The vehicle of “running” for social change in South Africa and beyond

One in ten schoolgirls in Africa miss class or drop out completely due to commencement of their menstruation cycle (resulting from a lack of sanitary products, a lack of toilet facilities and a negative social stigma) (WHO, 2010).

Running an average of 80km per day for 32 days on South Africa’s 2350km Freedom Trail, Mimi Anderson (UK) and Samantha Gash (AUS) will promote awareness of this issue and raise funds for the establishment of a social enterprise business in South Africa. The business will employ women to make and distribute low cost feminine hygiene products in the Namahadi Community in the country’s Free State Province of South Africa. Save the Children South Africa will act as Project Manager of the social enterprise business.

Freedom Runners is privileged to be collaborating with award-winning production company, Salty Features, which will film for a documentary production on this project. Salty Features won Best Documentary Short at the Academy Awards (2013) for “Inocente” and Best Documentary at the Vancouver and Hamptons Film Festivals for “Desert Runners” – a film featuring one of the runners of this project (Samantha Gash).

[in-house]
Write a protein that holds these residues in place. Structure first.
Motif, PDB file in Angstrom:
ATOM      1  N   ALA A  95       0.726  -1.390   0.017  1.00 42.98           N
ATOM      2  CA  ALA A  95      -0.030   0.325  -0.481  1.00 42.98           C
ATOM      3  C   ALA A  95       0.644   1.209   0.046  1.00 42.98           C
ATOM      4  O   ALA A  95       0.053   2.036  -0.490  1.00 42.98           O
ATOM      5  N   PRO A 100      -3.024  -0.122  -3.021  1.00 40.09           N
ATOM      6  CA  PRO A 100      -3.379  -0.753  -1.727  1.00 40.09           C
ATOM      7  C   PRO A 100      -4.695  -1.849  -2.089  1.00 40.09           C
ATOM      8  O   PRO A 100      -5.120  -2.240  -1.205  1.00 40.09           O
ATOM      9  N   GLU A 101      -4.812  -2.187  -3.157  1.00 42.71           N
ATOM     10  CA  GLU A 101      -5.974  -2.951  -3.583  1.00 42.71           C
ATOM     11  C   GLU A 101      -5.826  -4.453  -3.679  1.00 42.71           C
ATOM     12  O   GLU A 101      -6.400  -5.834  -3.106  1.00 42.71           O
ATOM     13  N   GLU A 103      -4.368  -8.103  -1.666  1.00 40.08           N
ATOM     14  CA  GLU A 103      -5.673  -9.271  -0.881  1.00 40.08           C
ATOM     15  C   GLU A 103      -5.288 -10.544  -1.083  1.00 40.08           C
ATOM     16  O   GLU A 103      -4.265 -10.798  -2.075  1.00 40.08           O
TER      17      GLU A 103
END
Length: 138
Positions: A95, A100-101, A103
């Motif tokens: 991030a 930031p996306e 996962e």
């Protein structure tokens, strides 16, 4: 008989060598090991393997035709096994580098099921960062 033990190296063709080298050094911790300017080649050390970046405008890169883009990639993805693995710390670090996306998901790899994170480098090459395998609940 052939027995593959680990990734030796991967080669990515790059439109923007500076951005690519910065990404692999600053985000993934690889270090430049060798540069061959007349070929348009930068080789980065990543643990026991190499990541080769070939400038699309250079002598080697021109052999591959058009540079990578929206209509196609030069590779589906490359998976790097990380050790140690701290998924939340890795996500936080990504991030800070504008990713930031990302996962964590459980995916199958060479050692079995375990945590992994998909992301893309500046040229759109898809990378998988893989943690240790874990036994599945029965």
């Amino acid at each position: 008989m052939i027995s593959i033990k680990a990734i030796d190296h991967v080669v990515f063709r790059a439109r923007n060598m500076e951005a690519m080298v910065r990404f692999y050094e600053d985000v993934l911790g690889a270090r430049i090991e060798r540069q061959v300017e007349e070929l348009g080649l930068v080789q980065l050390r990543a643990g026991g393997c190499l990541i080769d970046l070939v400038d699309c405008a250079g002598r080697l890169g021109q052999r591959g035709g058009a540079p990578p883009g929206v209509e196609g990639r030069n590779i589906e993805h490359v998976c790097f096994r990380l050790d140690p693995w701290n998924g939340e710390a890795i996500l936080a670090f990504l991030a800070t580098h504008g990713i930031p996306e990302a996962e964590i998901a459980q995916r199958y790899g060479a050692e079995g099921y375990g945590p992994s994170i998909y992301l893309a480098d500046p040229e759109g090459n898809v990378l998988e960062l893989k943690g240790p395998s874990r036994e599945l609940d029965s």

(WHO) (2010). How to integrate water, sanitation and hygiene into HIV programs. Geneva,World Health Organisation (


Did you know?

  • In Sub-Saharan Africa, only 57% of all girls attend primary school and 17% of all girls attend secondary school due to limitations such as ridicule placed on these girls in their vulnerable years due to menstruation.
  • According to the Forum of African Women Educationalists (FAWE), girls in Africa drop out of school during puberty years due to a lack of sanitary menstruation products, water and separate bathroom facilities in schools.
  • Commercially-produced disposable sanitary pads are too expensive for most African schoolgirls. A packet of 10 pads costs on average US$1.35, which is significantly more than the daily income of most working parents in Africa.
  • A girl absent from school due to menstruation for four days per 28 days (or per month) loses the equivalent of eight weeks of school per year.
  • Menstruation is largely a private act and the social damage is hidden and rarely discussed in news headlines.
  • There are cultural and social attitudes towards gender and menstruation that make the discussion of this issue challenging and confronting.